This week I have a range of beautiful chunky salads that can be easily put together with the gorgeous summer produce that is coming in from the garden and greenhouse everyday.
Everyone on the farm and gardens continued to sow and plant for the past three months during the Covid-19 pandemic. They too are heroes providing nourishing nutrient-dense, super delicious vegetables and fruit to boost our immune system and keep us healthy. Now we are reaping the dedicated rewards of their hard work.
Baskets of fresh peas, cucumbers, onions, broad beans, beets... the tomatoes have been ripening slowly for the past few weeks but now we have lots for the kitchens, farm shop, farmers markets and online NeighbourFood markets.
The field crop of flowery potatoes, a blight resistant variety called Orla, is ready. If you haven’t ever dug potatoes out of the ground, you haven’t lived! It’s a special ‘Woops in the tummy’ moment when you uncover those jewels under the stalk. Will it be one, or two or maybe five or six?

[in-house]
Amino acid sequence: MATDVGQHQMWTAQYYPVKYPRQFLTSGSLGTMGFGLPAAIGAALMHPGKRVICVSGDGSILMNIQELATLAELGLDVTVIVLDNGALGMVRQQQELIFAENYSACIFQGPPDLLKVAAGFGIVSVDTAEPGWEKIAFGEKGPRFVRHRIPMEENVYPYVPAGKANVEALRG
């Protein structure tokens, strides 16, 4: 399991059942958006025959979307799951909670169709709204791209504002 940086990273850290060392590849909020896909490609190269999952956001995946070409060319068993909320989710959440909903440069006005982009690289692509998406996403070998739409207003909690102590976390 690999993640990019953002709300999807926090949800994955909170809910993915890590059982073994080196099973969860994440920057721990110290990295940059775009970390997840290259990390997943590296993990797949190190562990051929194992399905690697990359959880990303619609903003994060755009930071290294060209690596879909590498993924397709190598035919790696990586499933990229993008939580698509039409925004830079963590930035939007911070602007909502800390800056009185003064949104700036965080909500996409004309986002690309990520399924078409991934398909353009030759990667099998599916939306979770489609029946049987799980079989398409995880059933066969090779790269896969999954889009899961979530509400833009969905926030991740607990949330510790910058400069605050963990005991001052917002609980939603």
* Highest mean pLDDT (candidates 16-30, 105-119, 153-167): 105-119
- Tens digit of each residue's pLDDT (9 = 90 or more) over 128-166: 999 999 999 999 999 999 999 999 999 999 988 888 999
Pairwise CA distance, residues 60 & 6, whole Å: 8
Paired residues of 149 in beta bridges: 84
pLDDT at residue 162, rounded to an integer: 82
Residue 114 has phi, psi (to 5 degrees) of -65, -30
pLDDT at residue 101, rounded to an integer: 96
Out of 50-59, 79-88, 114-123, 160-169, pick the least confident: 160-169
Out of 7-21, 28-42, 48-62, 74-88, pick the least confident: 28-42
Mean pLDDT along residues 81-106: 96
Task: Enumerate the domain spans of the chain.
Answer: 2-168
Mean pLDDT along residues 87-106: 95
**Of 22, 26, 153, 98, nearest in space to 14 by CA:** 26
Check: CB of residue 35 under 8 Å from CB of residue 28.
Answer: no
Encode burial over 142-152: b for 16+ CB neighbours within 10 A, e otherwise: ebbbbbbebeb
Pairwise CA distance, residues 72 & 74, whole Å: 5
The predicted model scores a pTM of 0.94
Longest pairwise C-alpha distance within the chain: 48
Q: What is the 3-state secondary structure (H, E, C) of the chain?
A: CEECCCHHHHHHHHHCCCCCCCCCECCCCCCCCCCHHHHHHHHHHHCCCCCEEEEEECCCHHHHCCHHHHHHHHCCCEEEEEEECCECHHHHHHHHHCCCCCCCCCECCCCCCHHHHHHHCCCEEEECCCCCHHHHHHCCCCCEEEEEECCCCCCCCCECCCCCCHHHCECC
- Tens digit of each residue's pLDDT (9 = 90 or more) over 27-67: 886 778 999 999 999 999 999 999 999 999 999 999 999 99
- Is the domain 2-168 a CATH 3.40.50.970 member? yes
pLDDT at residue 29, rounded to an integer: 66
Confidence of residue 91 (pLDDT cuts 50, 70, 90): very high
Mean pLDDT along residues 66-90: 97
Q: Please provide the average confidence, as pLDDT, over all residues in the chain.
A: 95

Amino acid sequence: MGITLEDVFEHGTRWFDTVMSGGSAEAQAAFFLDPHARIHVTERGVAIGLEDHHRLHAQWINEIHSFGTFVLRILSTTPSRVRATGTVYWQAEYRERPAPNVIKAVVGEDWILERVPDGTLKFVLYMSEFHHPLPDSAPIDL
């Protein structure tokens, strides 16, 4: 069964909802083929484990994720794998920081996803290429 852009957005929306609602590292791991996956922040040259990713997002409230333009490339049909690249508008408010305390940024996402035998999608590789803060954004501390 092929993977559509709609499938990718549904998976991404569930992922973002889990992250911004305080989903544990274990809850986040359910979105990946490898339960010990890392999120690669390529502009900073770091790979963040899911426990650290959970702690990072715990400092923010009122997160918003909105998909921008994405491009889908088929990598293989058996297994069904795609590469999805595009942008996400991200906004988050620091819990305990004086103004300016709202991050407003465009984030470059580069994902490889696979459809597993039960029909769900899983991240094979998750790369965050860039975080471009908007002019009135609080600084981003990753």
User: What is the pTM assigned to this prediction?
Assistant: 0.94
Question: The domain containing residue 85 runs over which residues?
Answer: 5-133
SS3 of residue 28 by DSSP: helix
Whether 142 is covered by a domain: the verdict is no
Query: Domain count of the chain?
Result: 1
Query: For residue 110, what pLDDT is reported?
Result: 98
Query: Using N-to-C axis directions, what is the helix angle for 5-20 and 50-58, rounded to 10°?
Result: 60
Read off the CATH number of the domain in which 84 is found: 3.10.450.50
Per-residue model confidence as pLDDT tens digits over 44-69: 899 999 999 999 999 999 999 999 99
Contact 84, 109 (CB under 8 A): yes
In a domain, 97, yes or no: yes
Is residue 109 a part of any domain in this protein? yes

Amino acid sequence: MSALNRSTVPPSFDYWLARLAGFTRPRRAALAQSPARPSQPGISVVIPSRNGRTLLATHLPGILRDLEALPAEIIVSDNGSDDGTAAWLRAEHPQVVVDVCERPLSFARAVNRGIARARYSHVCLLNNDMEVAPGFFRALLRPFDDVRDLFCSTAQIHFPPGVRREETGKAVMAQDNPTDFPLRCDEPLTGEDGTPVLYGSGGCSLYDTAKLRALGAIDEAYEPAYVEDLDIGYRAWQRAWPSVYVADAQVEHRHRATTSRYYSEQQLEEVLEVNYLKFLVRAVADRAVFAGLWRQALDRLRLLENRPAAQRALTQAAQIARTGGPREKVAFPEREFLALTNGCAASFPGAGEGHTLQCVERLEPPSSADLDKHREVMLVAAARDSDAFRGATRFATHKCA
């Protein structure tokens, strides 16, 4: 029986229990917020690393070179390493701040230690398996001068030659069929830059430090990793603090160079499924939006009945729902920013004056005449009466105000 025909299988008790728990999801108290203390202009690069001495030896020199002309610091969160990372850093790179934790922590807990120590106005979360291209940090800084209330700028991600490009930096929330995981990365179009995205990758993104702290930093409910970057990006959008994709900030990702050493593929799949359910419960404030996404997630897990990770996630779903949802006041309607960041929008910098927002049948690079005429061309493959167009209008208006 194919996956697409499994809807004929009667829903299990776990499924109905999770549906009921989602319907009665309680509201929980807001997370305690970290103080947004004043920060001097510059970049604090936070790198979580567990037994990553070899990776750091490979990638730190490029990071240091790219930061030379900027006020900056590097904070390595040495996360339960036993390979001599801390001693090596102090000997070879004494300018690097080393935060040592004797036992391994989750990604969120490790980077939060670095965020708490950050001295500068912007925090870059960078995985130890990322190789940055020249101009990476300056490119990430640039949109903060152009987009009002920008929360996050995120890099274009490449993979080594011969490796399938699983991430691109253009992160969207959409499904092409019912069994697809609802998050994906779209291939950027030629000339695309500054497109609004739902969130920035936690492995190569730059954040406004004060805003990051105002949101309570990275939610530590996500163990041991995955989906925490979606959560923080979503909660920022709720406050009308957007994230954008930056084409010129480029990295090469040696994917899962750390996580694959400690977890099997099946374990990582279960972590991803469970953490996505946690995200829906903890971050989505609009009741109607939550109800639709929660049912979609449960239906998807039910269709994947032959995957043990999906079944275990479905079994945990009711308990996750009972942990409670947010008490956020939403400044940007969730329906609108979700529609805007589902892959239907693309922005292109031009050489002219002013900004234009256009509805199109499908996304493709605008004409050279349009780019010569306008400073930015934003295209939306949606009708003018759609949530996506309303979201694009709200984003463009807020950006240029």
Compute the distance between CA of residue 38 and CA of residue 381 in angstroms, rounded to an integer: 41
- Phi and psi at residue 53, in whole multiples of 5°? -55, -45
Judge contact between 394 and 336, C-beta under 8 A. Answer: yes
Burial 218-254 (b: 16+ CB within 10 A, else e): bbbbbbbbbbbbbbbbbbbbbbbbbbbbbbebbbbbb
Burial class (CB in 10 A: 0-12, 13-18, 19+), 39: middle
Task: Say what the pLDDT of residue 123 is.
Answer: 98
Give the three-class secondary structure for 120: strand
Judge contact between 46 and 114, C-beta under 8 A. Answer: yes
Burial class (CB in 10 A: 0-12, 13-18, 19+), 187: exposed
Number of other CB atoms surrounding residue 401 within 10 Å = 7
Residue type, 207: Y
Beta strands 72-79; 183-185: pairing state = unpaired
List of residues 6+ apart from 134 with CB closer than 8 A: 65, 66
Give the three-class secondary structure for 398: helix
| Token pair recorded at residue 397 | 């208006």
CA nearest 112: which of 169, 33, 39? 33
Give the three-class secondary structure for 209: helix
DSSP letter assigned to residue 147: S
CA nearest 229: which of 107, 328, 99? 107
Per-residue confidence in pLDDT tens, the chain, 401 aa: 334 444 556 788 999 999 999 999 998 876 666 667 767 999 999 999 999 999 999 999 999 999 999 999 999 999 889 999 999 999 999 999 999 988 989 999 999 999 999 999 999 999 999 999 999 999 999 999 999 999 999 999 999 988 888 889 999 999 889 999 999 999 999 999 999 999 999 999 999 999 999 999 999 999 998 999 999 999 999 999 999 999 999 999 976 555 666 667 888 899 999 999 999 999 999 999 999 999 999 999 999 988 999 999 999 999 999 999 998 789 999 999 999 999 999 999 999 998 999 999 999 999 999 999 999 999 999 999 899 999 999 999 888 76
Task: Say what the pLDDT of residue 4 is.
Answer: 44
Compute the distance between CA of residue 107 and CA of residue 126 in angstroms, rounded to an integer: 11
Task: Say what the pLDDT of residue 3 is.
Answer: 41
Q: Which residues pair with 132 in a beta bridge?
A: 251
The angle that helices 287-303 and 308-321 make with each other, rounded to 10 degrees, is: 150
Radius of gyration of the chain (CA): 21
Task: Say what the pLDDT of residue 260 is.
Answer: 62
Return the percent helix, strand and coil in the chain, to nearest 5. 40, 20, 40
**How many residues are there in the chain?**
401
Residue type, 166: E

Everyday we have big platters and bowls of salads oozing with fresh flavours and vitamins and minerals, no need for supplements - this is the real thing. So what's the secret of making a memorable salad, apart from beautiful fresh produce of course, here are a few tips...
Think about a contrast of colour, texture and flavour - counterbalance of sweet, salty and sharp and sour.
, Vary the greens from crunchy little gem, bitter and beautiful Castlefranco radicchio, mustard greens, mizuna, tender butterhead, watercress, pea tendrils, peppery rocket and edible flowers.
A dd lots of fresh herbs, mint leaves, little sprigs of tarragon, coriander leaves, dill and a variety of basil leaves, purple Opal, Lemon, Vietnamese, Thai, Genovese basil, all produce a different burst of flavour. Even flat parsley and of course chervil.
added Keep it chunky, a base of potatoes cooked in well salted water and tossed while still warm in a perky dressing can have a myriad of other ingredients. Substitute potatoes with chunky roast beetroot, sweet potatoes, white turnips... Pasta, egg noodles, rice or buckwheat noodles are also great.
Don't forget the pulses, chickpeas, cannellini beans, lentils, dress with a nice dressing - a great foundation to embellish with summer vegetables, herbs and spices.
Grains and pearl barley must be soaked overnight to make them digestible.